Click on a photo
for a larger view.


Barnes' son rises

Express Entertainment Section

Jimmy Barnes may be the biggest rock performer in Australia but the Working Class Man is better known as 'David Campbell's father" in New York.

Such is the reputation of his son that Barnes senior has to make do with second billing on the Manhattan musical scene.

Having lived just over half of his 25 years in the shadow of a rock legend, Campbell says he no longer frets over achieving the same level of fame in his home country.

He is on the verge of a long and brilliant career in the toughest town of all. The local critics are running out of superlatives to describe his singing and stage presence. One reviewer recently described him as an amalgam of "Peter Allan, Johhny Mathis and Kenny Loggins".

Kenny Loggins? "At least he didn't say say Michael Bolton," Campbell says, laughing.

And he can afford to laugh. In the past three months the former Adelaide boy has come of age, quickly leaving behind any impression his early success on the cabaret circuit was fleeting.

Since January he has sung the lead in the revival of Babes in Arms at new York's City Centre, taken part in a tour in the US and Australia with pianist John Bucchino, played the role of Emil De Becque in the 50th anniversary of South Pacific alongside Liz Callaway and George Hearn.

In between these performances he has squeezed in numerous appearances at the late-night cabaret spots, toured Florida and accepted an award as Young Australian of the Year for the arts.

Earlier this year his old school in Adelaide named its new hall after its favourite son - the David Campbell Performing Arts Complex.

Last week he shared the stage with Liza Minnelli at the MAC awards (Manhattan Association of Cabarets and Clubs) - the first time he had met the star. Perhaps the last.

"We shook each others hands and our hands were sweaty," he explains. "I said, 'Well, you know at least we don't have to swap spit'."

Campbell returns to Sydney next week for four shows at the Sebel Town House, the last time his Australian fans will see him in a one-man show for some time.

"This show in Sydney will probably be the last show like this I do in Sydney for a while in the intimate cabaret style," he says over brunch at the Paramount Hotel in New York's theatre district.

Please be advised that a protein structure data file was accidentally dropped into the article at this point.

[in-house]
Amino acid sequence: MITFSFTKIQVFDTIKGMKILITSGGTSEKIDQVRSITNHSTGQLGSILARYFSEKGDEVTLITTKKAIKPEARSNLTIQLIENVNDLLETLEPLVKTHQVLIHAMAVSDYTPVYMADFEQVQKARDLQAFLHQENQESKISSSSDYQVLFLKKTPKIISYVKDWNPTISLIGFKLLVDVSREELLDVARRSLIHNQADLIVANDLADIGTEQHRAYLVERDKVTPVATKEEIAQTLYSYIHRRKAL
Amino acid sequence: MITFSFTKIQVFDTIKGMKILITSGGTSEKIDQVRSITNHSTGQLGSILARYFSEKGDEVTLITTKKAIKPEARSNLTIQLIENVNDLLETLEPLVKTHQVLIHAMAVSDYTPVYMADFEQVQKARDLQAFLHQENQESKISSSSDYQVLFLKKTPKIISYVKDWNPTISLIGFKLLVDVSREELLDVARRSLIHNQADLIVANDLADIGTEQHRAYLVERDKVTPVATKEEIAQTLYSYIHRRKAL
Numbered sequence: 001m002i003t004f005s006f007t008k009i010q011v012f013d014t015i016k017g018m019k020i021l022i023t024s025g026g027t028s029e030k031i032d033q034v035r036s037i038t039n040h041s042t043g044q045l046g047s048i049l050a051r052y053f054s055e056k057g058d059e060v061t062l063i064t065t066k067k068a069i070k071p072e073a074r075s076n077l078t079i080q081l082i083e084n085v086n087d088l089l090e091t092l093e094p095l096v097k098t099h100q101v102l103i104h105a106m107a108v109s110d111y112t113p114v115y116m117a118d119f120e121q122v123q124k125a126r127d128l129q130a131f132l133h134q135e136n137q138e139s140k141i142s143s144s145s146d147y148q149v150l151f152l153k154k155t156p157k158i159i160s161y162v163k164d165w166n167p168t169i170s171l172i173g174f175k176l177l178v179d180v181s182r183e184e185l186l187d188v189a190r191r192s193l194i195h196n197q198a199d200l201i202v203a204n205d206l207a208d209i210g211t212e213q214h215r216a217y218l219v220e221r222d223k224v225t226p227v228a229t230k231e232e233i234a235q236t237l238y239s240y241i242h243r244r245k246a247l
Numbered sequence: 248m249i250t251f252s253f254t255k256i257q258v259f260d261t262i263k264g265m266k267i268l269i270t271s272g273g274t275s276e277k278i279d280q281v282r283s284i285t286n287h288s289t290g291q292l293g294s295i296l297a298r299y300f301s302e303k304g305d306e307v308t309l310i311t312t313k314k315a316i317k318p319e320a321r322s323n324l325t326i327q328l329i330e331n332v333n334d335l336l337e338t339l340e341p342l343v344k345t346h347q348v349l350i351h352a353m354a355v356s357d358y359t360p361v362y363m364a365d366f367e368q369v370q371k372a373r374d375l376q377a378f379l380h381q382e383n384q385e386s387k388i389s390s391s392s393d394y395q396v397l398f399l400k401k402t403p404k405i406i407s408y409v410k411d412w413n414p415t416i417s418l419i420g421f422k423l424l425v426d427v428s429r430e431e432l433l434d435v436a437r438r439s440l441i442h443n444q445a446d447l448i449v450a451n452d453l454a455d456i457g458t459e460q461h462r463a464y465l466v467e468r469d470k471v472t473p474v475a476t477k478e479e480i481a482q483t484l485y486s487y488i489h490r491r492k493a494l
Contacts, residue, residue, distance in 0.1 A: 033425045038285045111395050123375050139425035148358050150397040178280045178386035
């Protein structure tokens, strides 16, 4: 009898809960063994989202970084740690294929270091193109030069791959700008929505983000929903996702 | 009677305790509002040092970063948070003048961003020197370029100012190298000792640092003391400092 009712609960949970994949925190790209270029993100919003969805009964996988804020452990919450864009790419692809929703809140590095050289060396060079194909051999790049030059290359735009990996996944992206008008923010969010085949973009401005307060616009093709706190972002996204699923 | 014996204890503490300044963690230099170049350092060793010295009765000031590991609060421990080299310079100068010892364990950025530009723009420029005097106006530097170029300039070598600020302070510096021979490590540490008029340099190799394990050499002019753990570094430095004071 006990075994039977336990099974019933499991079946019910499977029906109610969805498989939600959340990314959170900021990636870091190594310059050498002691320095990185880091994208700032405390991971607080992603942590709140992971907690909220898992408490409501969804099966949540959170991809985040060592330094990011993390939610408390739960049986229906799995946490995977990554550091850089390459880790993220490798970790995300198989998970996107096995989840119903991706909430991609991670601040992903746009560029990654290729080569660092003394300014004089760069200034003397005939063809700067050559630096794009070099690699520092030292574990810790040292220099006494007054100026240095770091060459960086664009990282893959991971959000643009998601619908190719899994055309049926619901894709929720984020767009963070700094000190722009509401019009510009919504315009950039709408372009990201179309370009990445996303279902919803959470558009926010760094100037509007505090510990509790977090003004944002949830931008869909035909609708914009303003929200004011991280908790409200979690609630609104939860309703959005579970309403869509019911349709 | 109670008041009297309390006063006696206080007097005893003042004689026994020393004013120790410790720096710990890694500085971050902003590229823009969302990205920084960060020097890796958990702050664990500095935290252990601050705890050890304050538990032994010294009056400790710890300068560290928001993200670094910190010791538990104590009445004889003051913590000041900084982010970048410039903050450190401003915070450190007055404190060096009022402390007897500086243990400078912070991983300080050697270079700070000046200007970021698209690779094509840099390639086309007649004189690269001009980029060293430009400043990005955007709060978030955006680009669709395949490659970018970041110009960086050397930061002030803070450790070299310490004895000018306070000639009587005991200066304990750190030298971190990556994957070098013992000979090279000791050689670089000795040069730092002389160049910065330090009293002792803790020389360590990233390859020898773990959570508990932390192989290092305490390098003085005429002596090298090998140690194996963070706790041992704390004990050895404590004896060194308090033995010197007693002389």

In the coming months he wants to write more of his own material (he has already co-penned a song with his father), plan a new record, take acting lessons, audition for a new musical - and get married.

Les Miserables co-star Natalie Mendoza won his heart during the Theatre Royal production last year. they announced their engagement in August and plan to wed later this year.

But his fiancee is busy with her own career in Australia and finding a date could be difficult.

"The long distance thing is the hardest thing in the world," he says.

"We just try to support each other through it and you know it's tough. I want her to be with me all the time and she wants me to be with her all the time - the love with have for each other that's the important thing."

The announcement of his engagement came a surprise to some fans. Given the level of support he enjoys among the gay community, both in Australia and the US, many had assumed Campbell was gay. He says he owes his success today to the support given to him early on in his career by Sydney's gay community and is not put off by the confusion.

"It is a form of flattery," he says. "They were the first community that supported me. I don't think I would have the career that I have now if it wasn't for that. "I wouldn't have the confidence that I have."

The rise and rise of David Campbell is all the more remarkable given his background.

It was not until age 12 that Campbell was told his father was Jimmy Barnes. On the same day he was also informed the young women he had grown up believing to be his sister was in fact his mother.

"It's a time that I'm still dealing with, that day of finding out," he says.

"I think it flavours a lot of what I do. Finding out about Jimmy gave me confidence. finding out about Kim (his mother) was confusing."

He is close to both his natural parents. He hopes one day to be able to fly his mother and grandmother (who bought him up) out to New York to watch him perform.

Campbell says his shows in Sydney will be a blend of old and new including songs from James Taylor and the Beatles mixed with songs from musicals he sang recently.

Although he is still yet to fully realise his dream - a lead role in a long-running Broadway musical - he is in no hurry to get there.

"I am feeling a sense of regrouping; a sense of calm now," he says.

"I've spent six years pushing and rushing. But now I want to take careful steps.

"I'm closer than I've ever been in my life; whether it happens or not that's not for me to decide. But I'm closer than ever been in my life."

By Michael Cameron in New York - The Sunday Telegraph: April 18, 1999